The Element Encyclopedia of Witchcraft: The Complete A-Z for the Entire Magical World - Judika Illes 2005
Birth-spirit Fairies: The Fates
In the famous story Sleeping Beauty, following the birth of a long-awaited royal heir, her parents, the king and queen, hold a banquet for fairies who come to celebrate as well as bestow the baby’s fate. Each fairy bears a blessing as a baby-gift.
Different versions of the fairy tale posit different reasons: sometimes it’s an accidental oversight, other times an intentional omission, but one fairy inevitably is not invited. Sometimes she shows up anyway and is welcomed, but the unprepared parents are unable to provide the same beautiful golden plate engraved with her own name as is given her sister-fairies. The end result is that, angered, she retaliates with a deadly curse for the baby.
This scenario is no mere fairy tale but a description of spiritual rituals long performed throughout Europe, in French, Slavic, Celtic, and other regions as well as among the Romany.
Following a baby’s birth it was customary to lay an offering table for fairies who were expected to arrive and bestow the baby’s fate. Details differ as the specific spirits to whom the ritual is devoted. Most frequently, three spirits are anticipated but sometimes there is only one and sometimes as many as twelve, as in the original version of Sleeping Beauty. Usually the spirits are female but the Romany, for instance, have intermingled male and female birth spirits.
The offering table is the crucial element: this is not necessarily the equivalent of an altar, although it bears resemblance to the ofrendas of the Mexican Days of the Dead (see CALENDAR: Dia De los Muertos). A table is laid as if for a festive meal. Fairies as honored, desired guests are expected to come and dine: food and drink are offered. The table must be beautifully set with individual place settings, napkins, glasses, the works. (Each tradition will specify how many fairies are expected although as in Sleeping Beauty, it’s usually best to be prepared for extra guests.)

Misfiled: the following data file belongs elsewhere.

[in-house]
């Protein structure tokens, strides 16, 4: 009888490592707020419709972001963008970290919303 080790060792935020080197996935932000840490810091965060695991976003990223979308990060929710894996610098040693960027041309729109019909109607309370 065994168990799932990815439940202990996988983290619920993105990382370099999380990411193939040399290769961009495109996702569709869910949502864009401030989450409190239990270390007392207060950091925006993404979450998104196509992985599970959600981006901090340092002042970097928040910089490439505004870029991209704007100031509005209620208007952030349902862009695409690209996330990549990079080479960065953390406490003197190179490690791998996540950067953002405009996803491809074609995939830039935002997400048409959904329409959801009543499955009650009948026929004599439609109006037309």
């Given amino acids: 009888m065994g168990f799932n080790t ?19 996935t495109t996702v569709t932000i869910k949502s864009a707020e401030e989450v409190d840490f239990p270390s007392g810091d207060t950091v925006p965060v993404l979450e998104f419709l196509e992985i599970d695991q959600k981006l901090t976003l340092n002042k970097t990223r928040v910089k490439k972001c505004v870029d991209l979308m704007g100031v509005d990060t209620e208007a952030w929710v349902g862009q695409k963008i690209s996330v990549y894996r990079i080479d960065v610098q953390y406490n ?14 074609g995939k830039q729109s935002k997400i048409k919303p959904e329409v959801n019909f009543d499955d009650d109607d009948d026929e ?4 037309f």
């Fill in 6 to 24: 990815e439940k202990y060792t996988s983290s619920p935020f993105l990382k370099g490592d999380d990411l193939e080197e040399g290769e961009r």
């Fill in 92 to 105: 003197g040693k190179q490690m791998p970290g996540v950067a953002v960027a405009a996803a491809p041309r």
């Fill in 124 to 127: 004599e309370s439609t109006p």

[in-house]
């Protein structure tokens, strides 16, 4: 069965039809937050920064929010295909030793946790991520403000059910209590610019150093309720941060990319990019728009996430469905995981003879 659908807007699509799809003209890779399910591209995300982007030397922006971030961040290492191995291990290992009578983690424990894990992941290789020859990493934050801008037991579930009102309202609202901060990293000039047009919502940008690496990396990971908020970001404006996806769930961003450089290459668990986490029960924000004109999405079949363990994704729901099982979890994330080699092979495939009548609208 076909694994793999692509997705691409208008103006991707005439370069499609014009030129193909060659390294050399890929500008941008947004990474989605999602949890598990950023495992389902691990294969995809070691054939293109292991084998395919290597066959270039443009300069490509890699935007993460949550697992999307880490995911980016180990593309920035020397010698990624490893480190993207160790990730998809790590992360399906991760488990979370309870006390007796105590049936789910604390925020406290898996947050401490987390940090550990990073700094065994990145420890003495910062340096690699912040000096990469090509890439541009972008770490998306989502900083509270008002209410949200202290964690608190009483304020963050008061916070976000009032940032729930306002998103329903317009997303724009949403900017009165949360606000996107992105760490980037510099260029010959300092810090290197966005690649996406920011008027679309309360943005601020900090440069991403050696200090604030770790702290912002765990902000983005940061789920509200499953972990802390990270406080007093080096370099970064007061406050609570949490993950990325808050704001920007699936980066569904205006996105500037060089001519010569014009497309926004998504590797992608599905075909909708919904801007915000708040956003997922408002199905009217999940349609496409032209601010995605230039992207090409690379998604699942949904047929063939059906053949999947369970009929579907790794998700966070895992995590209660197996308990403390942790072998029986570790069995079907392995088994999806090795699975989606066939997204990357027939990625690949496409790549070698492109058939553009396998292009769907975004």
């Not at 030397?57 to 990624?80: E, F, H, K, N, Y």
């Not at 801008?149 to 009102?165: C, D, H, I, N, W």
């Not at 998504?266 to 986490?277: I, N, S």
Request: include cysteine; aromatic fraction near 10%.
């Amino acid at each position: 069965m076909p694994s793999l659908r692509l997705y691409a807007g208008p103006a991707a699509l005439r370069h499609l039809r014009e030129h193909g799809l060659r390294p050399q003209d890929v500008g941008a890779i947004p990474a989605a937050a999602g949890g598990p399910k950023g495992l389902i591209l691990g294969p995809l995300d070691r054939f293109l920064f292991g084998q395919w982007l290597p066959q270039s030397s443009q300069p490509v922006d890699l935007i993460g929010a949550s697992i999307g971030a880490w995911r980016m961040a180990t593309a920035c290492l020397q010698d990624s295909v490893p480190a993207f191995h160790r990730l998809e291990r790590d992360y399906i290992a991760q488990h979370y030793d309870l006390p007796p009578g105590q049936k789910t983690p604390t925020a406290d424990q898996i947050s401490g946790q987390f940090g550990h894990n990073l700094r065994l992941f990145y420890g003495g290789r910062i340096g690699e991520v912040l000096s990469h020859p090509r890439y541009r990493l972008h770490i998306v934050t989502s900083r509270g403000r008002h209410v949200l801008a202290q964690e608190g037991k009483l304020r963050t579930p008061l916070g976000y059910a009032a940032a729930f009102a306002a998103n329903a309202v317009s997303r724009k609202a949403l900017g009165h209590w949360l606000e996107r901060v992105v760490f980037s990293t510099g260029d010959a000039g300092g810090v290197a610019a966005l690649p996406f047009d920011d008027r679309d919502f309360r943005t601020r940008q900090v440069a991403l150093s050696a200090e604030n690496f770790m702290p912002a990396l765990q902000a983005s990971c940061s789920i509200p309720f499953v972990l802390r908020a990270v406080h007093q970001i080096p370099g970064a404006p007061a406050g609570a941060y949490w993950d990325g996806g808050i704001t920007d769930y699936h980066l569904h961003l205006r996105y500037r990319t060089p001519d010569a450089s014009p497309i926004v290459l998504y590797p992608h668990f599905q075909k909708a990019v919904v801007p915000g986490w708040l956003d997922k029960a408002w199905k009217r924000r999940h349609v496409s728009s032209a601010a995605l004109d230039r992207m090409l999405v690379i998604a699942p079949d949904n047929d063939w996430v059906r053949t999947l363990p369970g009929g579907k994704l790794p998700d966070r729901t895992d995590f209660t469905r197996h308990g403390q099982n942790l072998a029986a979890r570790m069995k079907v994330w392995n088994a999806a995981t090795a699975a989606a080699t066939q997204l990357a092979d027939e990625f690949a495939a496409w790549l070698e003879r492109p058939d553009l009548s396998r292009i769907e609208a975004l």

Fatit are South Albanian fairies (singular: fati), also known as miren from the Greek Moirae or Fates. The fatit ride butterflies. On the third day following a baby’s birth, three fatit approach the cradle and determine the baby’s destiny.
Oosood are Serbian spirits described as a sub-species of Vila (see page 443), which is interesting because it links Fate Fairies with Nature-spirit Fairies. Oosood arrive on the seventh day following a birth and are visible only to the mother. In addition to food, they appreciate flowers.
“Our Good Mothers” is the Breton euphemism for these Fates who typically appear in groups of three. Their leader is named Béfind. They prefer lavish multi-course meals complete with champagne, whiskey, wine, and pastry, as well as the fruits and nuts more familiarly associated with fairies.
The Seven Hathors may be the earliest clear manifestation of this tradition. Hathor is the primordial Egyptian goddess of love, sex, birth, pleasure, intoxication, music, and death. She is a famed shape-shifter: the Seven Hathors may be aspects or avatars of Hathor although they may also be her daughters or attendant spirits. They appear at births to pronounce the baby’s destiny. It is unknown whether food offerings were given to them, although this was customary in Egyptian tradition. They were, however, offered seven red ribbons, one for each Hathor.
Among the spirits categorized as fairies are a preponderance of what are commonly called “nature spirits.” Folklorists divide these fairies into categories:
Trooping fairies live in sophisticated societies similar to those of humans and often accumulate wealth. “Trooping” indicates that at least once a year, fairies leave their home and travel in processional.
Solitary fairies are not all literally solitary, although some are. Many live in packs. These fairies do not troop: they are wild or feral spirits and are described as solitary because they live a stark, simple existence in the forest or underwater away from civilization.